The cook was a current bun sort of a woman, and was the busty, rotund and warm-hearted mother of a small traditional Nepalese family. She was clad in a painfully bright dress of floral design, neatly pinched in at her ample waist, her hair was thoughtfully pinned back to emphasise the lines of love and age that time had drawn upon her face.
Everything was made from scratch, using ingredients out of her garden or purchased from locals living in nearby villages—it was over a two day walk to get to the nearest town and there were no roads or cars in this area. She brought out steaming pot after steaming pot, piling our plates high. A moment later, she would waddle back out again, filling our plates with second and third helpings of everything from the lentil dahl to the curried vegetables. There seemed to be infinite refills of everything. As I sat, hungrily gorging myself with much-needed food, I reflected on where I was, in the middle of absolute nowhere, half the world away from home. It was beautiful—beautiful food, the beautiful company of my Sherpa and guide, and a view of infinite snow-capped mountains, their foothills crossed by a rainbow of prayer flags, swaying gently in the breeze.
As my Sherpa slurped the last pieces of rice from his dirty finger tips, he smiled up at me and spoke in his broken English “Dahl Bhat power, twenty-four hour”.
That is one of my most memorable, and therefore favourite meals. I know I stretched the question like Plasticine, but I am not a big eater and am not particularly bothered by food, so this felt to be a more appropriate answer 🙂
Do you prefer Savoury or Sweet?
A lot is left unsaid in the English language. As a native speaker, I know that Novus is asking me about food, but perhaps if my English was as good as my Japanese, I might misinterpret and think you were actually talking about bedspreads or clothing, and my answer would be very different: I do not recommend sleeping under anything savoury—sweet I cannot vouch for—I know I would opt for a sheet of icing over Marmite or pickled onions—and I do not recommend trying to wear them either—although the icing may still take the biscuit there. If I did have pickled onion clothing, I do wonder how long they would last before I ate them—as anyone who knew me as a child will know how very fond I was of my Nan’s homemade pickled onions—and that really would leave me in more than a bit of a pickle—or more accurately, the complete lack of pickle!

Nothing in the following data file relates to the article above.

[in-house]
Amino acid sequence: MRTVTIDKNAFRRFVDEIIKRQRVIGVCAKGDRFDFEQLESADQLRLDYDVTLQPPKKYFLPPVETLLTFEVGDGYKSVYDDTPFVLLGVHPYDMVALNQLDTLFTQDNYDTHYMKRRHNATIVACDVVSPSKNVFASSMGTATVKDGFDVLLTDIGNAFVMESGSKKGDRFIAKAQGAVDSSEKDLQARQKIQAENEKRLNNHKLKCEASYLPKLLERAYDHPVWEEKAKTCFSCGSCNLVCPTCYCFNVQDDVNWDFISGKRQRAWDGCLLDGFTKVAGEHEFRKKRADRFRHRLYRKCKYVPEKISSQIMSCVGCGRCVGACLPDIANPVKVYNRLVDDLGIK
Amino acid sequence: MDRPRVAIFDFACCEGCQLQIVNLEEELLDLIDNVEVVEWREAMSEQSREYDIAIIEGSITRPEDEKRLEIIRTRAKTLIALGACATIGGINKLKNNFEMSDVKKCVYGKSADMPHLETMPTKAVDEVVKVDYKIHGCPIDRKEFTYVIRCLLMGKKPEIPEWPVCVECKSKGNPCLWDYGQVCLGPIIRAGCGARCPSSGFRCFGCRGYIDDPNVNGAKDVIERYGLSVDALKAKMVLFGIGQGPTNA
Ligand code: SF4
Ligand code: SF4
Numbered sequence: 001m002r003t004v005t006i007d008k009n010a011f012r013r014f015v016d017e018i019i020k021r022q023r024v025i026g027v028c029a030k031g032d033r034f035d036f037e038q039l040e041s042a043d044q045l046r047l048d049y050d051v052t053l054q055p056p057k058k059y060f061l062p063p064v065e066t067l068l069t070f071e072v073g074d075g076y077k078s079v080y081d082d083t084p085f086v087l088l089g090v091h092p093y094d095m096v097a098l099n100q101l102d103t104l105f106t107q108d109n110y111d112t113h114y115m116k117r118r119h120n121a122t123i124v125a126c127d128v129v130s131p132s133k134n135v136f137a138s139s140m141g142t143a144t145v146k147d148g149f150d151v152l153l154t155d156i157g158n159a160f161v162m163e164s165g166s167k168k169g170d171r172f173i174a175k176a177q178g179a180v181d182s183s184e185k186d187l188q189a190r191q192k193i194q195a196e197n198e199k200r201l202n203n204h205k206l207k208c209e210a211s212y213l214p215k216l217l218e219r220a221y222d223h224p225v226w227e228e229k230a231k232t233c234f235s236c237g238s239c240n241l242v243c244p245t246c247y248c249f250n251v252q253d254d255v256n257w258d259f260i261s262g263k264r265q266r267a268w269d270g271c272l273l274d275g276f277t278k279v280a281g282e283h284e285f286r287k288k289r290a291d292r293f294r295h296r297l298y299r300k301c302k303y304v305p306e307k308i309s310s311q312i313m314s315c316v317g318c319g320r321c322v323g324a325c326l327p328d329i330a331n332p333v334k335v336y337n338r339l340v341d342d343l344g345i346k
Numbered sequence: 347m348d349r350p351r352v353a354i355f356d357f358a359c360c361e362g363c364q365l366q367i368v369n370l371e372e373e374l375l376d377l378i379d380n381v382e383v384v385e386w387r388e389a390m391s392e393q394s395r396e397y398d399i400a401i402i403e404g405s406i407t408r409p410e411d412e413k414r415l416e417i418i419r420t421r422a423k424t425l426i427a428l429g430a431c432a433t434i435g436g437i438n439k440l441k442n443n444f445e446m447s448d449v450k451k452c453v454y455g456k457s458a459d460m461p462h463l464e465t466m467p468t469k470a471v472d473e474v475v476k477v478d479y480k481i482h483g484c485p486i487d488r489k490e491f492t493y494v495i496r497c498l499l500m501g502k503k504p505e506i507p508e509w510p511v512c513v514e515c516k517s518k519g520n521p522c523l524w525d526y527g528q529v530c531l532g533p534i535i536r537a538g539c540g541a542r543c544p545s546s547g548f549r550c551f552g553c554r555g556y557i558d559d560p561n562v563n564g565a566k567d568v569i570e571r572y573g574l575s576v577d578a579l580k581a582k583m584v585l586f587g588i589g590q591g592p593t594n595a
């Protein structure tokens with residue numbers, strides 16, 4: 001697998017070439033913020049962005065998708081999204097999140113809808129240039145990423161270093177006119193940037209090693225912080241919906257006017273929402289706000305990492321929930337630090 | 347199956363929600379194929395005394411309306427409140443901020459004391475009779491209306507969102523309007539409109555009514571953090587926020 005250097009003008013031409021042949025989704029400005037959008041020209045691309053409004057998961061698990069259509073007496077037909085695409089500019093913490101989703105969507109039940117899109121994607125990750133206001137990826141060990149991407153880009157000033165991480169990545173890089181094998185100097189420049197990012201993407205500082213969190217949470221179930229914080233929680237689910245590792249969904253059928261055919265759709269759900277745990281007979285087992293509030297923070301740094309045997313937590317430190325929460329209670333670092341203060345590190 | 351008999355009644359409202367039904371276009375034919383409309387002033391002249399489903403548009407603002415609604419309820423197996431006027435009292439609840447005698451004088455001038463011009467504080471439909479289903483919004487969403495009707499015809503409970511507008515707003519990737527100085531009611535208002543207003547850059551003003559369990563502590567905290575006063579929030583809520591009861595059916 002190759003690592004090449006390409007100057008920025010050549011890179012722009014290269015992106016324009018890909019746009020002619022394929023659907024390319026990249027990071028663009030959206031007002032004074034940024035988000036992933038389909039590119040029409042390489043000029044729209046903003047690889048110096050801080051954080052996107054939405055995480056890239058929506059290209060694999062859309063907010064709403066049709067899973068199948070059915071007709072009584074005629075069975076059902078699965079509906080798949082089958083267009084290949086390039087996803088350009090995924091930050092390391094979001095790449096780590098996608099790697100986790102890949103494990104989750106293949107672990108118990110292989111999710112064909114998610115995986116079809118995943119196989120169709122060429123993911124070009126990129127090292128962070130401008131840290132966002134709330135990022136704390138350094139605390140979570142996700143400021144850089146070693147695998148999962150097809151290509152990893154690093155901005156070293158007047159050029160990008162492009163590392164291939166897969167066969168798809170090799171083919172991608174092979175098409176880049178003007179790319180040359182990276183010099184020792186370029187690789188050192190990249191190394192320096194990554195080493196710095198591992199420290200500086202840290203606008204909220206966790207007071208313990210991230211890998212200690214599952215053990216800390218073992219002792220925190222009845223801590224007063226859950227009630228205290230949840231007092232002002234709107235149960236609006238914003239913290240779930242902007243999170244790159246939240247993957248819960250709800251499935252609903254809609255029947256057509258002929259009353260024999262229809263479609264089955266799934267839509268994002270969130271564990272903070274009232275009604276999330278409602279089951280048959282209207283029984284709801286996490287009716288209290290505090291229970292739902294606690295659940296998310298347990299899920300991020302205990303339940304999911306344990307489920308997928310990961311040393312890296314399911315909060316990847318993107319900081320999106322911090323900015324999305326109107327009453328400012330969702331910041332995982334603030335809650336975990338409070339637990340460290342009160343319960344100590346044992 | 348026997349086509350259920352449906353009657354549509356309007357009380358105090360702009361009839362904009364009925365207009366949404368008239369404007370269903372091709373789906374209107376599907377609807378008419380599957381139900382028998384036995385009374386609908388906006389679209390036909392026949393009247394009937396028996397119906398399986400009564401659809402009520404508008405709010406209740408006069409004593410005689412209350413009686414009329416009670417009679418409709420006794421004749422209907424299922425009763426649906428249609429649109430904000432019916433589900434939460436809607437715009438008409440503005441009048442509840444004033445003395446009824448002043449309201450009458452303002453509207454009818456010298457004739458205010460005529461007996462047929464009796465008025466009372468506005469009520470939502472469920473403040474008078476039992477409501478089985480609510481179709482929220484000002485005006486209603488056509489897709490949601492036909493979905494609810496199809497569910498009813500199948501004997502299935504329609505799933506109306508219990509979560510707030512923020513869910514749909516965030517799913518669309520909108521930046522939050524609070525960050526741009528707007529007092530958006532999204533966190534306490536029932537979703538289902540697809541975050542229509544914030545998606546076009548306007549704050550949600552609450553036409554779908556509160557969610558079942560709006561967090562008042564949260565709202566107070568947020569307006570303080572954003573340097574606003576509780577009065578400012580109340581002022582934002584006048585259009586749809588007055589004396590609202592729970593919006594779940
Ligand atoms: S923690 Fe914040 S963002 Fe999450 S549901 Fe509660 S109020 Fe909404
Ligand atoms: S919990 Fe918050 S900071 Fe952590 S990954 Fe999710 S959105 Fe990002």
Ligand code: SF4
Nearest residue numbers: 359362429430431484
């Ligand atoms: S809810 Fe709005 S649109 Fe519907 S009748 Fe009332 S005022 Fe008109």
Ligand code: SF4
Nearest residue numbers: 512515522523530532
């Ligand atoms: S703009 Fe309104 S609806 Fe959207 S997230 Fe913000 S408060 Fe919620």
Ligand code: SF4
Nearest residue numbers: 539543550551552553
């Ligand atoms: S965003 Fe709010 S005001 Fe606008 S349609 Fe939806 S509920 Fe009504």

Pickled or lack of pickle, and despite not usually being bothered by food, I am certainly more bothered by my savoury tooth than my sweet tooth.
Name one of your favourite Flowers
Teachers used to call certain children flower or petal. I was one of these children—I was not certain whether this was a form of endearment, whether the teacher had forgotten my name, or whether they were implying that I needed more light on my ivory skin.
My favourite flower is a daisy, because of my beautiful childhood memories making daisy chains with friends over the never-ending summer. It was my Grandad who taught me to do this. We were sitting on a bench at the end of my parents’ garden. I had seen the older girls at school making chains out of these delicate little many-petalled plants, but had not seen how to do it myself. Grandad showed me how easy it was, making a necklace of daisies he lay around my head. We worked on making the longest daisy chain ever made—I would fetch the daisies, and my Grandad would chain them—we were a daisy-chain-making-machine.
I did not stop making daisy chains for years after that—it was a well-stuck summer petally pastime. Every summer I would scour the ground for those little white petals with yellow centers, and idle my thumbs making necklaces. Throughout primary school, I used what Grandad had taught me to teach other younger girls how to make daisy chains too.
I made my last one a just few years ago—the summer my Grandad passed away. Now every time I see that summer yellow core and many white petals, I think of him.
Which is your favourite place in your country?
In my mind’s eye, I see ruby red slippers, heels clicking together and the words “There’s no place like home, there’s no place like home.”